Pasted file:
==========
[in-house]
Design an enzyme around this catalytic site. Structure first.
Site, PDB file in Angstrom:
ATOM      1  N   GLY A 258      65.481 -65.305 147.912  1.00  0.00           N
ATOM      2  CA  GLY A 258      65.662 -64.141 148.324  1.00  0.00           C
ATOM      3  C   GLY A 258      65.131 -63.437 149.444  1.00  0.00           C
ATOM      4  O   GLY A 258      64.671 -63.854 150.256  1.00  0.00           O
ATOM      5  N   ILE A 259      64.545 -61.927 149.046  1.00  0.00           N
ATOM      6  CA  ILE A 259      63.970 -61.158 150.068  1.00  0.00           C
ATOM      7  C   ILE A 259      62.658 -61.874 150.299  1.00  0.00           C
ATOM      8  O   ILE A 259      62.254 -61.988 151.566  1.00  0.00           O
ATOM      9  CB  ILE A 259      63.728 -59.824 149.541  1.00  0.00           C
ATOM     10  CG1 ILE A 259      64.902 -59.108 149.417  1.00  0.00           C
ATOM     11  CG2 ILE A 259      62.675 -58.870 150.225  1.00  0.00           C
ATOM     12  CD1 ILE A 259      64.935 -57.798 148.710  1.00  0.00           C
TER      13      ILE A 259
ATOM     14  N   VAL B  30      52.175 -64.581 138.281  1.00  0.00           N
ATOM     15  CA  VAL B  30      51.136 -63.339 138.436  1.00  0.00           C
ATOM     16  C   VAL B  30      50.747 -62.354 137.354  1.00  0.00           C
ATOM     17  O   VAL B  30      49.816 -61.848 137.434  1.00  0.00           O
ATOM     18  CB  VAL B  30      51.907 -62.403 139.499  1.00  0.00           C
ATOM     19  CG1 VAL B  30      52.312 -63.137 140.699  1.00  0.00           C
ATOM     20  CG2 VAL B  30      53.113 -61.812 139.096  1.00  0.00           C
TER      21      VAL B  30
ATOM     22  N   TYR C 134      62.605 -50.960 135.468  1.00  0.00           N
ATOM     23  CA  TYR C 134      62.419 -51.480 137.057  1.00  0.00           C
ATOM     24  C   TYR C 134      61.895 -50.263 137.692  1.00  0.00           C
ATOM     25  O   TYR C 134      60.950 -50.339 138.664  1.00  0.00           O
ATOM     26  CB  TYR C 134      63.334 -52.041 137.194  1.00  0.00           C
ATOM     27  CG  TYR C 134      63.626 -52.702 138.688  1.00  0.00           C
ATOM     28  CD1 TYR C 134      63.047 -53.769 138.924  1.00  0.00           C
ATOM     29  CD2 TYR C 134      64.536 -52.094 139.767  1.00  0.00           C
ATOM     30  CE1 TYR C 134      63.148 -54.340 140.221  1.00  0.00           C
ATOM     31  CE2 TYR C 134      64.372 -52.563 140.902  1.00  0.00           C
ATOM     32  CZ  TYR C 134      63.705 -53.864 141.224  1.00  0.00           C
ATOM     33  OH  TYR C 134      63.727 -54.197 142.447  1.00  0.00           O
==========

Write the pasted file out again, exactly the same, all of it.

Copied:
[in-house]
Design an enzyme around this catalytic site. Structure first.
Site, PDB file in Angstrom:
ATOM      1  N   GLY A 258      65.481 -65.305 147.912  1.00  0.00           N
ATOM      2  CA  GLY A 258      65.662 -64.141 148.324  1.00  0.00           C
ATOM      3  C   GLY A 258      65.131 -63.437 149.444  1.00  0.00           C
ATOM      4  O   GLY A 258      64.671 -63.854 150.256  1.00  0.00           O
ATOM      5  N   ILE A 259      64.545 -61.927 149.046  1.00  0.00           N
ATOM      6  CA  ILE A 259      63.970 -61.158 150.068  1.00  0.00           C
ATOM      7  C   ILE A 259      62.658 -61.874 150.299  1.00  0.00           C
ATOM      8  O   ILE A 259      62.254 -61.988 151.566  1.00  0.00           O
ATOM      9  CB  ILE A 259      63.728 -59.824 149.541  1.00  0.00           C
ATOM     10  CG1 ILE A 259      64.902 -59.108 149.417  1.00  0.00           C
ATOM     11  CG2 ILE A 259      62.675 -58.870 150.225  1.00  0.00           C
ATOM     12  CD1 ILE A 259      64.935 -57.798 148.710  1.00  0.00           C
TER      13      ILE A 259
ATOM     14  N   VAL B  30      52.175 -64.581 138.281  1.00  0.00           N
ATOM     15  CA  VAL B  30      51.136 -63.339 138.436  1.00  0.00           C
ATOM     16  C   VAL B  30      50.747 -62.354 137.354  1.00  0.00           C
ATOM     17  O   VAL B  30      49.816 -61.848 137.434  1.00  0.00           O
ATOM     18  CB  VAL B  30      51.907 -62.403 139.499  1.00  0.00           C
ATOM     19  CG1 VAL B  30      52.312 -63.137 140.699  1.00  0.00           C
ATOM     20  CG2 VAL B  30      53.113 -61.812 139.096  1.00  0.00           C
TER      21      VAL B  30
ATOM     22  N   TYR C 134      62.605 -50.960 135.468  1.00  0.00           N
ATOM     23  CA  TYR C 134      62.419 -51.480 137.057  1.00  0.00           C
ATOM     24  C   TYR C 134      61.895 -50.263 137.692  1.00  0.00           C
ATOM     25  O   TYR C 134      60.950 -50.339 138.664  1.00  0.00           O
ATOM     26  CB  TYR C 134      63.334 -52.041 137.194  1.00  0.00           C
ATOM     27  CG  TYR C 134      63.626 -52.702 138.688  1.00  0.00           C
ATOM     28  CD1 TYR C 134      63.047 -53.769 138.924  1.00  0.00           C
ATOM     29  CD2 TYR C 134      64.536 -52.094 139.767  1.00  0.00           C
ATOM     30  CE1 TYR C 134      63.148 -54.340 140.221  1.00  0.00           C
ATOM     31  CE2 TYR C 134      64.372 -52.563 140.902  1.00  0.00           C
ATOM     32  CZ  TYR C 134      63.705 -53.864 141.224  1.00  0.00           C
ATOM     33  OH  TYR C 134      63.727 -54.197 142.447  1.00  0.00           O